Vomiting Blood (Hematemesis)

Also known as: bloody vomit, bloody emesis, puking blood.

What is vomiting blood?

Blood can be present in the vomit for a number of reasons, including aggressive coughing, a nosebleed that is also present and more. If vomiting blood goes beyond small streaks or flecks and includes a large amount of blood, however, it’s considered a medical emergency.

What might cause vomiting blood?

Medical causes of vomiting blood may include:

How is vomiting blood (hematemesis) diagnosed?

The diagnostic tests for vomiting blood will vary based on the suspected cause. The health care provider may start by asking questions about the possible cause including any recent injuries.

Tests may include an upper endoscopy, which involves inserting a small, flexible tube down the esophagus to check the stomach and small intestine.

Blood tests may also be needed if blood loss is an issue.

Finally, additional imaging tests such as CT scans, ultrasounds, X-rays or a biopsy of tissue may be needed if your health care provider suspects a more serious disease such as cancer.

How can vomiting blood be treated?

If only small flecks or streaks of blood are present and the vomiting is short-lived or accompanied by coughing or nosebleed, no action may be needed. Rest and fluids may help the patient feel better.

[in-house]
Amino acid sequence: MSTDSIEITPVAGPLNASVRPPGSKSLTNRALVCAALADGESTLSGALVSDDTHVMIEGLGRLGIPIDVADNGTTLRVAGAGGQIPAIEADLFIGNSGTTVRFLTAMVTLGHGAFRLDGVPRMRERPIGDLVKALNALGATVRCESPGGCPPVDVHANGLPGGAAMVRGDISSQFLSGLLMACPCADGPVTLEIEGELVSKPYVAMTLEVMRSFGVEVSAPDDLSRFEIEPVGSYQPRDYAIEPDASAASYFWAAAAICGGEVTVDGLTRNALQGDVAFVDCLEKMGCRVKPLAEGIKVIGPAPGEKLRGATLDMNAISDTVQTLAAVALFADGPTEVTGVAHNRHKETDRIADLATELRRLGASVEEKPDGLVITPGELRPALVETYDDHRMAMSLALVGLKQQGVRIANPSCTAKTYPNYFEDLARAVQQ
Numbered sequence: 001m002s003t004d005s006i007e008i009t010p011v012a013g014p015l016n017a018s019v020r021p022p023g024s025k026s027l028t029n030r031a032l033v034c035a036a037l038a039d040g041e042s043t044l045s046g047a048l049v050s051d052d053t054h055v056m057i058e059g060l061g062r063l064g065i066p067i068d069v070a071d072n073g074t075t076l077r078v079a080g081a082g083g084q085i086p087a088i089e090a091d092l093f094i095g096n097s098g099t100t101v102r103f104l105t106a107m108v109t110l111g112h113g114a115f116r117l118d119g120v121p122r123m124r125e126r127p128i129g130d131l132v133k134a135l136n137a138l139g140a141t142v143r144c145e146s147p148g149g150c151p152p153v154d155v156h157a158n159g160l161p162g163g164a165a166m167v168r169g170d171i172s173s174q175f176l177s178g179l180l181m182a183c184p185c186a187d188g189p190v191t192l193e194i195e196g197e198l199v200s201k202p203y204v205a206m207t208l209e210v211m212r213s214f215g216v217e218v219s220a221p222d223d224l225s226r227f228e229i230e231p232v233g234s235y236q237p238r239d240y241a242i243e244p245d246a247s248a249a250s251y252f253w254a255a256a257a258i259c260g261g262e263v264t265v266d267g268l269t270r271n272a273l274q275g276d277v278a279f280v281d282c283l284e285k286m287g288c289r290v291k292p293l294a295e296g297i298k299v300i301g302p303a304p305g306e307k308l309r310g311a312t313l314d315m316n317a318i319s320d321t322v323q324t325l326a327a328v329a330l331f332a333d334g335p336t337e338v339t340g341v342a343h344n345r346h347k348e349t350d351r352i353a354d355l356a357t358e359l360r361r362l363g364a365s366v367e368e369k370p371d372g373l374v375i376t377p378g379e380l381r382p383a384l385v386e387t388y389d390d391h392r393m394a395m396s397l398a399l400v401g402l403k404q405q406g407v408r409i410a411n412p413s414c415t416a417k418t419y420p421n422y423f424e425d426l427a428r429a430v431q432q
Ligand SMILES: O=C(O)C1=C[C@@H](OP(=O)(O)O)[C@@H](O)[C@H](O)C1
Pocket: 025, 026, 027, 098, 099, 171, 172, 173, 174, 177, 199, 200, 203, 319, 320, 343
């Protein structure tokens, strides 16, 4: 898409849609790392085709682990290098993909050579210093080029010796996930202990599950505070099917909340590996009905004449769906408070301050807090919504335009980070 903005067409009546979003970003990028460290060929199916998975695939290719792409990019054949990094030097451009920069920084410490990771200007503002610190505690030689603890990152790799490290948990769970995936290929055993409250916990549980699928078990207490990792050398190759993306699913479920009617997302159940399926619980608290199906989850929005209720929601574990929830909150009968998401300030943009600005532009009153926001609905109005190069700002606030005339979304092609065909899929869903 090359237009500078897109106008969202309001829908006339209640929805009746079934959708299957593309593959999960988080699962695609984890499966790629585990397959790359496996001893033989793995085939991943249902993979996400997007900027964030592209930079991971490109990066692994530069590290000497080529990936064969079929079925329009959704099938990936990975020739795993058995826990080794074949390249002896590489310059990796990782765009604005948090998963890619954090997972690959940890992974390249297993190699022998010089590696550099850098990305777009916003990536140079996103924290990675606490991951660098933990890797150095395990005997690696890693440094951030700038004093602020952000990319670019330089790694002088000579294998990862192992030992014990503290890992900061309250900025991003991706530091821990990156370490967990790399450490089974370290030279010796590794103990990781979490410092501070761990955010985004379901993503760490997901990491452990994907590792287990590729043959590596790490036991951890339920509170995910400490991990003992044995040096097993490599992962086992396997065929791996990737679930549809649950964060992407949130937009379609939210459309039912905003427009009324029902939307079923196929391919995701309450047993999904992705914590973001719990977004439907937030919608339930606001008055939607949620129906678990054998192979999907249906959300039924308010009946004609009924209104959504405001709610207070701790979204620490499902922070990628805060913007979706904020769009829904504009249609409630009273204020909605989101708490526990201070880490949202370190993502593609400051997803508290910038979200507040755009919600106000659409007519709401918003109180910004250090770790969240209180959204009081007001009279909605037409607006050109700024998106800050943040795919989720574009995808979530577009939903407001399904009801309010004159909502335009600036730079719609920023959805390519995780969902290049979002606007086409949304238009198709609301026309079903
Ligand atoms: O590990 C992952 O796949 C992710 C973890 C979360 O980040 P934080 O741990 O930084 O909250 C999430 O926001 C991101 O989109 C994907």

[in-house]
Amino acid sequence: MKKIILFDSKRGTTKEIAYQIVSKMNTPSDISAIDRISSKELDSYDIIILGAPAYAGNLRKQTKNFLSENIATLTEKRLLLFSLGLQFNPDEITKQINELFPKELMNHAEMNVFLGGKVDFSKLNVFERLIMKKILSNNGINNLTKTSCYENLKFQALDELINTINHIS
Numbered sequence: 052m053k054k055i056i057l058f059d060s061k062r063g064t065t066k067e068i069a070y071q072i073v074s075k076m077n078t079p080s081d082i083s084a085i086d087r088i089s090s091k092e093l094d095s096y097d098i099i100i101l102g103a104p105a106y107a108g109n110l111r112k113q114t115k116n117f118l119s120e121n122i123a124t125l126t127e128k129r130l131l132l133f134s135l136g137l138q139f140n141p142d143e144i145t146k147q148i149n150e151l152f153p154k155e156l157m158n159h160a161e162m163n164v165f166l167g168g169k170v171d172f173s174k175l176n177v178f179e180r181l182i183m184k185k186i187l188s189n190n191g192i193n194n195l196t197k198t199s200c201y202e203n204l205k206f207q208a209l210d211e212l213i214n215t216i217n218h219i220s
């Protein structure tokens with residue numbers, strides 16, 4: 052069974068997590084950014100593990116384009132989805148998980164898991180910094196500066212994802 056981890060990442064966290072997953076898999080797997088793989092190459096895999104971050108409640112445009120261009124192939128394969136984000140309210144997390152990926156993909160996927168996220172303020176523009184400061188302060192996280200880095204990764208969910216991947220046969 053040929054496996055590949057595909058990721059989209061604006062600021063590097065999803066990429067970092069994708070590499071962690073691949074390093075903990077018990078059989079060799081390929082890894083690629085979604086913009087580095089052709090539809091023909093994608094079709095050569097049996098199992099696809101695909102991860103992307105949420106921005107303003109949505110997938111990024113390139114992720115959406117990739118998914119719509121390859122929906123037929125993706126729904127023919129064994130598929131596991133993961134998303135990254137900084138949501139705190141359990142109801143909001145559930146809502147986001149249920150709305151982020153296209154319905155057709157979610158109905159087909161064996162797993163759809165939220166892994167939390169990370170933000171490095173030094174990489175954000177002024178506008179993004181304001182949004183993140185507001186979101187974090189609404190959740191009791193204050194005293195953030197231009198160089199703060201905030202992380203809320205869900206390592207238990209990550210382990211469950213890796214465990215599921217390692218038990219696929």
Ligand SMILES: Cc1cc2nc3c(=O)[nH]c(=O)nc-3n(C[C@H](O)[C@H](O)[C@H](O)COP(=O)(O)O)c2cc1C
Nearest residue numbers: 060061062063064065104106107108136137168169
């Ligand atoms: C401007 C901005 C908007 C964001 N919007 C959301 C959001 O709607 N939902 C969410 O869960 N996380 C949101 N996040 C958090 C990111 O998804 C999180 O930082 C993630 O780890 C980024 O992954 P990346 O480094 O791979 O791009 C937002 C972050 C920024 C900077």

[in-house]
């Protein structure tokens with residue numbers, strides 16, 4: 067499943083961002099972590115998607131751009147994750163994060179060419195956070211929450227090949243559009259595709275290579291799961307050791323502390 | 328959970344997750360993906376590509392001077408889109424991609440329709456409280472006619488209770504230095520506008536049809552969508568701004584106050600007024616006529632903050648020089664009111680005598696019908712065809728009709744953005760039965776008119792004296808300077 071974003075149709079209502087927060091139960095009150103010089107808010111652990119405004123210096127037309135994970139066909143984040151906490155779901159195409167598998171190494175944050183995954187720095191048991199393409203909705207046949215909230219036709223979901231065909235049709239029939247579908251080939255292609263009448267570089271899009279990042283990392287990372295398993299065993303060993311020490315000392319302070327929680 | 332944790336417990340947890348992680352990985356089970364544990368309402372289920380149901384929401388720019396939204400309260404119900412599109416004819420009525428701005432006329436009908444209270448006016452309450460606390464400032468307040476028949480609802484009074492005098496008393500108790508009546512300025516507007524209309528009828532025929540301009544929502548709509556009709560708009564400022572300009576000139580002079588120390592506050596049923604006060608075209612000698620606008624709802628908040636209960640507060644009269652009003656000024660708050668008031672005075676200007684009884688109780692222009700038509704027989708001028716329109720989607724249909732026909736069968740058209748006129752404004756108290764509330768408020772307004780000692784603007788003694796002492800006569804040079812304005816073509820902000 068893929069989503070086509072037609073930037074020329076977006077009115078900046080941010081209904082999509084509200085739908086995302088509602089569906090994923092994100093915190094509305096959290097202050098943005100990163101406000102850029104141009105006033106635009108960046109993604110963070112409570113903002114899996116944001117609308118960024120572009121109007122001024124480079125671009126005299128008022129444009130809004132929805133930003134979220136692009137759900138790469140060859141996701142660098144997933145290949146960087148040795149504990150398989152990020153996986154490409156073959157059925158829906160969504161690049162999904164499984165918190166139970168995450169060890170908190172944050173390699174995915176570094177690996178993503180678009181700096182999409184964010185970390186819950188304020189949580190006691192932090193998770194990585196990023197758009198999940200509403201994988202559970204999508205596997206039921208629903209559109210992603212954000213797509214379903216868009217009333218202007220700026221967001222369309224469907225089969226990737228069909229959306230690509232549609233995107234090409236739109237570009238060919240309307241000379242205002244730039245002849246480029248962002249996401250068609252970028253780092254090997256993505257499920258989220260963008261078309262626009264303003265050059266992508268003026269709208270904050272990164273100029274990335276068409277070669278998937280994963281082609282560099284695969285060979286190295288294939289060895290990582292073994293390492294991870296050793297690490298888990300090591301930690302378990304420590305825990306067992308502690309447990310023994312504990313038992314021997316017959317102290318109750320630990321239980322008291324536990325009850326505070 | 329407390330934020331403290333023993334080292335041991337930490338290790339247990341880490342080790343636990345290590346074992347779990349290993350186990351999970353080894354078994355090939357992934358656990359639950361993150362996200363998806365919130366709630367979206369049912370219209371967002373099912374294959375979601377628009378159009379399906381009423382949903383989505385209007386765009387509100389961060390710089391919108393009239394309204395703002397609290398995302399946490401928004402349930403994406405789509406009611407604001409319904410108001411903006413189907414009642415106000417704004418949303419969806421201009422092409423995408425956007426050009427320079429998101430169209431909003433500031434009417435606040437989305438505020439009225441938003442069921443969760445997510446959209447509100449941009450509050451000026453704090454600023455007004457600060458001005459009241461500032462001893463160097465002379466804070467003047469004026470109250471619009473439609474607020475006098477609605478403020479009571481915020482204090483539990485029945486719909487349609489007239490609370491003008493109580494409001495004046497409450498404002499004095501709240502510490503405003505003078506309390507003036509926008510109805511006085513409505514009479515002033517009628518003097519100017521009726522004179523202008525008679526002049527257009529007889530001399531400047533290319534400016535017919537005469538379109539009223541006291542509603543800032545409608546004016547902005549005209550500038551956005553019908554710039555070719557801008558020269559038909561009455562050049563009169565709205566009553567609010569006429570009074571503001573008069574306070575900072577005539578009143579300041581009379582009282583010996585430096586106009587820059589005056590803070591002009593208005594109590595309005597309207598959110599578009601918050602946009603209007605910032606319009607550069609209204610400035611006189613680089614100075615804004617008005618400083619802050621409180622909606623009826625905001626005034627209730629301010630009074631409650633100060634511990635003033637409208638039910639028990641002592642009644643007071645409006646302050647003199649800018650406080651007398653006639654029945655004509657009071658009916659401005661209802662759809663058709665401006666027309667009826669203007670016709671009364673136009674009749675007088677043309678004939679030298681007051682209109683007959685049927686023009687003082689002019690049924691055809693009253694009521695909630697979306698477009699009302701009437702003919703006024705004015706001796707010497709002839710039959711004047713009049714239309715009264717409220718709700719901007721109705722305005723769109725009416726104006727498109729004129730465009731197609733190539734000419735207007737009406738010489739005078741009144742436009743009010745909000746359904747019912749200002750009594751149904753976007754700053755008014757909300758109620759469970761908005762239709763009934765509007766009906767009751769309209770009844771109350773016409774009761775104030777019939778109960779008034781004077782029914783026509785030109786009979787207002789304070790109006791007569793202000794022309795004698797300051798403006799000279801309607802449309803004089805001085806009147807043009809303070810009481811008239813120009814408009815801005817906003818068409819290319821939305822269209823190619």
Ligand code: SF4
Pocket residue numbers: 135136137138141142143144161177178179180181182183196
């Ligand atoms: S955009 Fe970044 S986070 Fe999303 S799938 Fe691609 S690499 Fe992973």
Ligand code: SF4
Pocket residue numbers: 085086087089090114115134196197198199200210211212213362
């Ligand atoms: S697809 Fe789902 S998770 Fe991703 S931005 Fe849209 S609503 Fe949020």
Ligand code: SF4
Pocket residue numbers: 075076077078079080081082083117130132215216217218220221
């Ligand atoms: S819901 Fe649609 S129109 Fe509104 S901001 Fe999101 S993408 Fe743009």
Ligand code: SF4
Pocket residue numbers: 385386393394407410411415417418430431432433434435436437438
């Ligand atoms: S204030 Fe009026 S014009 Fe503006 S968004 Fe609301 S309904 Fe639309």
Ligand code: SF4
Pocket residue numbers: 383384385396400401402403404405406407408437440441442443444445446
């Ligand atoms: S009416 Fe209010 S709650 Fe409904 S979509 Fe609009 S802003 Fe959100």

When should you seek medical attention?

If the blood in the vomit is significant and accompanied by symptoms such as rapid breathing, green vomit, dizziness, fainting, confusion or cold pale skin, seek medical attention immediately.

This page was last updated on: March 20, 2024 02:05 PM

Pediatric Gastroenterology

The Division of Pediatric Gastroenterology at Nicklaus Children’s Hospital is dedicated to the treatment of a wide variety of gastrointestinal problems in infants, children and adolescents with a multidisciplinary approach.

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